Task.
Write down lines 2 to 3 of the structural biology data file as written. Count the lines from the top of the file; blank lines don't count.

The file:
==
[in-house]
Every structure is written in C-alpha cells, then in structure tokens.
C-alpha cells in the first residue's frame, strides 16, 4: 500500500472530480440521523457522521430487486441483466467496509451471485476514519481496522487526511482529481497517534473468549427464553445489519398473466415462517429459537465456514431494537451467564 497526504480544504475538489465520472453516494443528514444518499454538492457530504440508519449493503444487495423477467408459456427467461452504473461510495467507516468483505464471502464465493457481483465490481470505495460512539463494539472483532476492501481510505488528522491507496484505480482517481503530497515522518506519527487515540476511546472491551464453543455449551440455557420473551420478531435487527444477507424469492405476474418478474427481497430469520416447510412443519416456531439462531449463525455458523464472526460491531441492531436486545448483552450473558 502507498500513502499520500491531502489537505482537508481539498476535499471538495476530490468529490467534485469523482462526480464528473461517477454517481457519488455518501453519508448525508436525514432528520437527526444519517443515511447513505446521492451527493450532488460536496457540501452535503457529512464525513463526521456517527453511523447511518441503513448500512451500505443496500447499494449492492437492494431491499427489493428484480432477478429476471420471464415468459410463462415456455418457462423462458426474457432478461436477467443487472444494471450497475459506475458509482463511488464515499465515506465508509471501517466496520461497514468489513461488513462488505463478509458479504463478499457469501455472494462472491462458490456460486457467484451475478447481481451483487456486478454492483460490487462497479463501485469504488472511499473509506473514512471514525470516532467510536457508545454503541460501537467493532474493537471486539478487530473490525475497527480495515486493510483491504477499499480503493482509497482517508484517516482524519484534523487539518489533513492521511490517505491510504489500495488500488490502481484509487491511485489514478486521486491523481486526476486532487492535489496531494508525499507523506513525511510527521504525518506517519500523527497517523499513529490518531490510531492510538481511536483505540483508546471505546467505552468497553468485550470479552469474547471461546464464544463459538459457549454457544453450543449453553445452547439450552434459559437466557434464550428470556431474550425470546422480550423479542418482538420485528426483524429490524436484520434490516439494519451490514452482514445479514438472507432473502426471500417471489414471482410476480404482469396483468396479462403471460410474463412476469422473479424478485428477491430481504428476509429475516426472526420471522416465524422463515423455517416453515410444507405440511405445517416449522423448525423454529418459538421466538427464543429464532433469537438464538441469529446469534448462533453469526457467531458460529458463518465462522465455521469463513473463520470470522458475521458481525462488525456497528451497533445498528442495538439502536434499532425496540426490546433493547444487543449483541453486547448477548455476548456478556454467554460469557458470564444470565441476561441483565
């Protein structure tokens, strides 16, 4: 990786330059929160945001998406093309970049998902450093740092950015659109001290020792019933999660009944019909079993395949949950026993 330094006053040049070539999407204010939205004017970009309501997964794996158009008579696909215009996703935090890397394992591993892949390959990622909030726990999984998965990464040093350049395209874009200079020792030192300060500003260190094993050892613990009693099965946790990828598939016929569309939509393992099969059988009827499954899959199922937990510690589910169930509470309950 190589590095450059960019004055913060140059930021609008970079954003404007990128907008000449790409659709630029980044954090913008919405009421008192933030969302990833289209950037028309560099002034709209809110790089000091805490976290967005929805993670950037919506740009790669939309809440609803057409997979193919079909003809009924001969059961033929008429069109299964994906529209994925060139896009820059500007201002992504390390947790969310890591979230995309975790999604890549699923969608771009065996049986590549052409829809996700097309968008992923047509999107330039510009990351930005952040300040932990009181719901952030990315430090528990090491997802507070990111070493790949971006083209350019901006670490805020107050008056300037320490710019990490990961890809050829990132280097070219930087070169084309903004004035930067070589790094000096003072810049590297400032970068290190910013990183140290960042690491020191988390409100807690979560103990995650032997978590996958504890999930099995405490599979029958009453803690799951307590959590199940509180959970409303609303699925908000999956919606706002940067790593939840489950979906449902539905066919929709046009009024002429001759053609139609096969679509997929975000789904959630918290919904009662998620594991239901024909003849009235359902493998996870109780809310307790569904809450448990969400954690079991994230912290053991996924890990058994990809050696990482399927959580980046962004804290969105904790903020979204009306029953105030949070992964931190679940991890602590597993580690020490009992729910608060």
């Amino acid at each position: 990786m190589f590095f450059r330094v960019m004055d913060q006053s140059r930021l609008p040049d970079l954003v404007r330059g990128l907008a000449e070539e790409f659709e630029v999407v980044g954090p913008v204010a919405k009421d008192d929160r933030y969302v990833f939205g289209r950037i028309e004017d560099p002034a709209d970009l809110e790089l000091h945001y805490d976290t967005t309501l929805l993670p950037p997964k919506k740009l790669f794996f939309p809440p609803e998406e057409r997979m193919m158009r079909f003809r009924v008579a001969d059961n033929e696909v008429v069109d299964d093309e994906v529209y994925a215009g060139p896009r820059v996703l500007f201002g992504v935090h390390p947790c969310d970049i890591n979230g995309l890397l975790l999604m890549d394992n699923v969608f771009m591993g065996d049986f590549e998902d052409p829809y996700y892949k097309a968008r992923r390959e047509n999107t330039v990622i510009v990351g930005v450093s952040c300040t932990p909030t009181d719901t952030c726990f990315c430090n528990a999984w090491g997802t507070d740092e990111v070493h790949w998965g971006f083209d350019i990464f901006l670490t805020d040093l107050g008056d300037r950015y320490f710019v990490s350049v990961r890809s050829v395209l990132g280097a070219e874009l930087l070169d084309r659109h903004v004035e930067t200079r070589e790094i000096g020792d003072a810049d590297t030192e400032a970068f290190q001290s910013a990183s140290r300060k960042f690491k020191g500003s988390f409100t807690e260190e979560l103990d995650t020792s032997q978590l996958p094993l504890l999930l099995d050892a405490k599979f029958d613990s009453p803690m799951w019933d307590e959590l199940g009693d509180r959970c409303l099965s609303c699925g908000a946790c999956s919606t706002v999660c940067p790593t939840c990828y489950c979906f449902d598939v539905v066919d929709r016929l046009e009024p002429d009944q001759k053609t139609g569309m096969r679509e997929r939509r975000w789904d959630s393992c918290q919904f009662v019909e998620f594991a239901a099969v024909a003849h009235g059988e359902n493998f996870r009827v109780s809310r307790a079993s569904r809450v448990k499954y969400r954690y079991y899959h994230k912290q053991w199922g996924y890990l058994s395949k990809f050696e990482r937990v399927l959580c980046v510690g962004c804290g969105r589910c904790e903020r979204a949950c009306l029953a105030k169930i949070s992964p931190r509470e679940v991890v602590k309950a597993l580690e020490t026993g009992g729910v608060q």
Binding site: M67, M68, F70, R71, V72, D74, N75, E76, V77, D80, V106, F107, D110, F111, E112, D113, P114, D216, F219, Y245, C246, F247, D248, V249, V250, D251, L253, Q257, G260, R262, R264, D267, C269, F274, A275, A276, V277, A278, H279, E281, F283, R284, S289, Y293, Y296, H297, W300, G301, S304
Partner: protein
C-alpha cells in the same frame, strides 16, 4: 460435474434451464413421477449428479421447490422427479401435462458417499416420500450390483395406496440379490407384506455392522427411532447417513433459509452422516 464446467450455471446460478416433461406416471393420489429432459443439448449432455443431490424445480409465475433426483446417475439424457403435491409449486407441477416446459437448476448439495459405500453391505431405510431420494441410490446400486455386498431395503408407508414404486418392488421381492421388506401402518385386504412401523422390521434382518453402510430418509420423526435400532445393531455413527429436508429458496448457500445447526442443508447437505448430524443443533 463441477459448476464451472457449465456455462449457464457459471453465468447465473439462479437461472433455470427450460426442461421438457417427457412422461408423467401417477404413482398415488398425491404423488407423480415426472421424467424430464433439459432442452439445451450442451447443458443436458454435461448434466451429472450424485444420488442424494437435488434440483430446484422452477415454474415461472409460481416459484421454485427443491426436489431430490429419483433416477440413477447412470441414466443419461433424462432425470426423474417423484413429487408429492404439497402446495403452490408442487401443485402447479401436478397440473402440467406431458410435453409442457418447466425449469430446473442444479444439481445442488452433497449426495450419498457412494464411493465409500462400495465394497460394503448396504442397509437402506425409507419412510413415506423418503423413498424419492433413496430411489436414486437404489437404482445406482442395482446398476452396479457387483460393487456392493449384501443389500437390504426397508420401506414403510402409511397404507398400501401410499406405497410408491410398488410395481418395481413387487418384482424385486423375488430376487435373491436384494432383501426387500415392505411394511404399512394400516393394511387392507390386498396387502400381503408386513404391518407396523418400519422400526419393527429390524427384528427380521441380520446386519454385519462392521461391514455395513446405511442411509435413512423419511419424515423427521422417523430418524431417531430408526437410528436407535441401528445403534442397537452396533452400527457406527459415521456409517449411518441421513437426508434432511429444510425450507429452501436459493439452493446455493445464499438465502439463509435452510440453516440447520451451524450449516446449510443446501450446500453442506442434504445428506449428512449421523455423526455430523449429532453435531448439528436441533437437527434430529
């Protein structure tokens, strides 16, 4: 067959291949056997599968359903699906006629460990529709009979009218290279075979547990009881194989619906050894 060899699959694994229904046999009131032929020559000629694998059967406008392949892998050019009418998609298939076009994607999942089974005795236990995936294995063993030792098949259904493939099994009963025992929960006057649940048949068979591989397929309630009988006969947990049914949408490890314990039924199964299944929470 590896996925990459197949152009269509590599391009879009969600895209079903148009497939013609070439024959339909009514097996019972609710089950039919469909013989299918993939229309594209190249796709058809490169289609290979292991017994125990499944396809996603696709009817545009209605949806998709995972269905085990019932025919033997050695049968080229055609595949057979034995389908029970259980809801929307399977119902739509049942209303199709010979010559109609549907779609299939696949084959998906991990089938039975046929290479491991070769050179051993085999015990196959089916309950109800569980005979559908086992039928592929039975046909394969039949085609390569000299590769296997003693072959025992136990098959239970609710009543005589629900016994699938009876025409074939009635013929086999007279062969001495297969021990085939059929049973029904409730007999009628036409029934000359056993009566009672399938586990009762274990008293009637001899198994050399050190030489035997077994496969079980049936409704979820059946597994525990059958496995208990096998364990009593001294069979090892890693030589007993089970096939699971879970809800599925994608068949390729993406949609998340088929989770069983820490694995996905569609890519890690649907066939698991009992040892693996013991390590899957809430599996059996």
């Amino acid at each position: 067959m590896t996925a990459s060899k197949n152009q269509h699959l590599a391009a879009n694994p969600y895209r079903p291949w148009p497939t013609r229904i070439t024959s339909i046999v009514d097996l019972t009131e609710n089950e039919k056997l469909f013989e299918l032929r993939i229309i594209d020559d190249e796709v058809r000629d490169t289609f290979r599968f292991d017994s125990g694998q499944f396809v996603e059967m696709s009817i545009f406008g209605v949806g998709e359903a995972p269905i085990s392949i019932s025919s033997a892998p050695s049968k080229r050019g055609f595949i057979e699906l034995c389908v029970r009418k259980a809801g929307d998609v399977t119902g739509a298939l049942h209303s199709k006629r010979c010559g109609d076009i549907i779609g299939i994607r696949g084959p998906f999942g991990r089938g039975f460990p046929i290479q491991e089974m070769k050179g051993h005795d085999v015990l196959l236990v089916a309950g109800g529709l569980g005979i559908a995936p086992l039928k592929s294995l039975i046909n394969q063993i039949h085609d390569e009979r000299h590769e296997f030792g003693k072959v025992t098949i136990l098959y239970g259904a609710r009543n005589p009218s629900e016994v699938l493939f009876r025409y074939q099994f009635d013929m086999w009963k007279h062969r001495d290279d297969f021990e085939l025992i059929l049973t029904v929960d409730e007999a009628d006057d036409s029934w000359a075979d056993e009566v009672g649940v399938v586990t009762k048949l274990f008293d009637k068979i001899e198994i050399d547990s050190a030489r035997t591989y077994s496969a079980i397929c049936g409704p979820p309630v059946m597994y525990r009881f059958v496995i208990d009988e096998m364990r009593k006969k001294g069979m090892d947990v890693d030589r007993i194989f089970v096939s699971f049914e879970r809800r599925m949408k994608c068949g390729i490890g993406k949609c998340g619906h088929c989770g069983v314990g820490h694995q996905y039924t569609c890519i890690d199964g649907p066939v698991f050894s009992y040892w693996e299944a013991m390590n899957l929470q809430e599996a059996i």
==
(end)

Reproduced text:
Every structure is written in C-alpha cells, then in structure tokens.
C-alpha cells in the first residue's frame, strides 16, 4: 500500500472530480440521523457522521430487486441483466467496509451471485476514519481496522487526511482529481497517534473468549427464553445489519398473466415462517429459537465456514431494537451467564 497526504480544504475538489465520472453516494443528514444518499454538492457530504440508519449493503444487495423477467408459456427467461452504473461510495467507516468483505464471502464465493457481483465490481470505495460512539463494539472483532476492501481510505488528522491507496484505480482517481503530497515522518506519527487515540476511546472491551464453543455449551440455557420473551420478531435487527444477507424469492405476474418478474427481497430469520416447510412443519416456531439462531449463525455458523464472526460491531441492531436486545448483552450473558 502507498500513502499520500491531502489537505482537508481539498476535499471538495476530490468529490467534485469523482462526480464528473461517477454517481457519488455518501453519508448525508436525514432528520437527526444519517443515511447513505446521492451527493450532488460536496457540501452535503457529512464525513463526521456517527453511523447511518441503513448500512451500505443496500447499494449492492437492494431491499427489493428484480432477478429476471420471464415468459410463462415456455418457462423462458426474457432478461436477467443487472444494471450497475459506475458509482463511488464515499465515506465508509471501517466496520461497514468489513461488513462488505463478509458479504463478499457469501455472494462472491462458490456460486457467484451475478447481481451483487456486478454492483460490487462497479463501485469504488472511499473509506473514512471514525470516532467510536457508545454503541460501537467493532474493537471486539478487530473490525475497527480495515486493510483491504477499499480503493482509497482517508484517516482524519484534523487539518489533513492521511490517505491510504489500495488500488490502481484509487491511485489514478486521486491523481486526476486532487492535489496531494508525499507523506513525511510527521504525518506517519500523527497517523499513529490518531490510531492510538481511536483505540483508546471505546467505552468497553468485550470479552469474547471461546464464544463459538459457549454457544453450543449453553445452547439450552434459559437466557434464550428470556431474550425470546422480550423479542418482538420485528426483524429490524436484520434490516439494519451490514452482514445479514438472507432473502426471500417471489414471482410476480404482469396483468396479462403471460410474463412476469422473479424478485428477491430481504428476509429475516426472526420471522416465524422463515423455517416453515410444507405440511405445517416449522423448525423454529418459538421466538427464543429464532433469537438464538441469529446469534448462533453469526457467531458460529458463518465462522465455521469463513473463520470470522458475521458481525462488525456497528451497533445498528442495538439502536434499532425496540426490546433493547444487543449483541453486547448477548455476548456478556454467554460469557458470564444470565441476561441483565